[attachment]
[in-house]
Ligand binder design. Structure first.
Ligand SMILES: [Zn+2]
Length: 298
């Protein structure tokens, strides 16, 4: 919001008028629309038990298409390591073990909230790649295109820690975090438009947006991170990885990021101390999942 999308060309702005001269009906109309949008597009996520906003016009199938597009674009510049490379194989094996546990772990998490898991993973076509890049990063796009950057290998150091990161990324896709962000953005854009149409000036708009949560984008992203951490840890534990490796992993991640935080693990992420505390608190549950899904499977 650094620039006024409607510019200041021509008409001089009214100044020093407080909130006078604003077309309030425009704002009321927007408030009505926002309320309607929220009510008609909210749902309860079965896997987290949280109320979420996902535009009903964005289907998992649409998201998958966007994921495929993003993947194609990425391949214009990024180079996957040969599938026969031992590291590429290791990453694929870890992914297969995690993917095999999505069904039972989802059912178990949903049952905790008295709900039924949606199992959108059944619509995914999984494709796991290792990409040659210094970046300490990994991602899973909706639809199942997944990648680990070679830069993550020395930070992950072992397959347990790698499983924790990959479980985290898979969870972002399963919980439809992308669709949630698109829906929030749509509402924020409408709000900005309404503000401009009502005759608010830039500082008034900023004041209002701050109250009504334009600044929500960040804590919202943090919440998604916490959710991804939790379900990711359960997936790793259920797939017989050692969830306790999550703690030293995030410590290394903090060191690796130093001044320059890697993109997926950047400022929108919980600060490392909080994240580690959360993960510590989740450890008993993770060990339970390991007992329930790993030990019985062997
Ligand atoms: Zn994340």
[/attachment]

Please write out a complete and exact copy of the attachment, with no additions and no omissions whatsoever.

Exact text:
[in-house]
Ligand binder design. Structure first.
Ligand SMILES: [Zn+2]
Length: 298
């Protein structure tokens, strides 16, 4: 919001008028629309038990298409390591073990909230790649295109820690975090438009947006991170990885990021101390999942 999308060309702005001269009906109309949008597009996520906003016009199938597009674009510049490379194989094996546990772990998490898991993973076509890049990063796009950057290998150091990161990324896709962000953005854009149409000036708009949560984008992203951490840890534990490796992993991640935080693990992420505390608190549950899904499977 650094620039006024409607510019200041021509008409001089009214100044020093407080909130006078604003077309309030425009704002009321927007408030009505926002309320309607929220009510008609909210749902309860079965896997987290949280109320979420996902535009009903964005289907998992649409998201998958966007994921495929993003993947194609990425391949214009990024180079996957040969599938026969031992590291590429290791990453694929870890992914297969995690993917095999999505069904039972989802059912178990949903049952905790008295709900039924949606199992959108059944619509995914999984494709796991290792990409040659210094970046300490990994991602899973909706639809199942997944990648680990070679830069993550020395930070992950072992397959347990790698499983924790990959479980985290898979969870972002399963919980439809992308669709949630698109829906929030749509509402924020409408709000900005309404503000401009009502005759608010830039500082008034900023004041209002701050109250009504334009600044929500960040804590919202943090919440998604916490959710991804939790379900990711359960997936790793259920797939017989050692969830306790999550703690030293995030410590290394903090060191690796130093001044320059890697993109997926950047400022929108919980600060490392909080994240580690959360993960510590989740450890008993993770060990339970390991007992329930790993030990019985062997
Ligand atoms: Zn994340």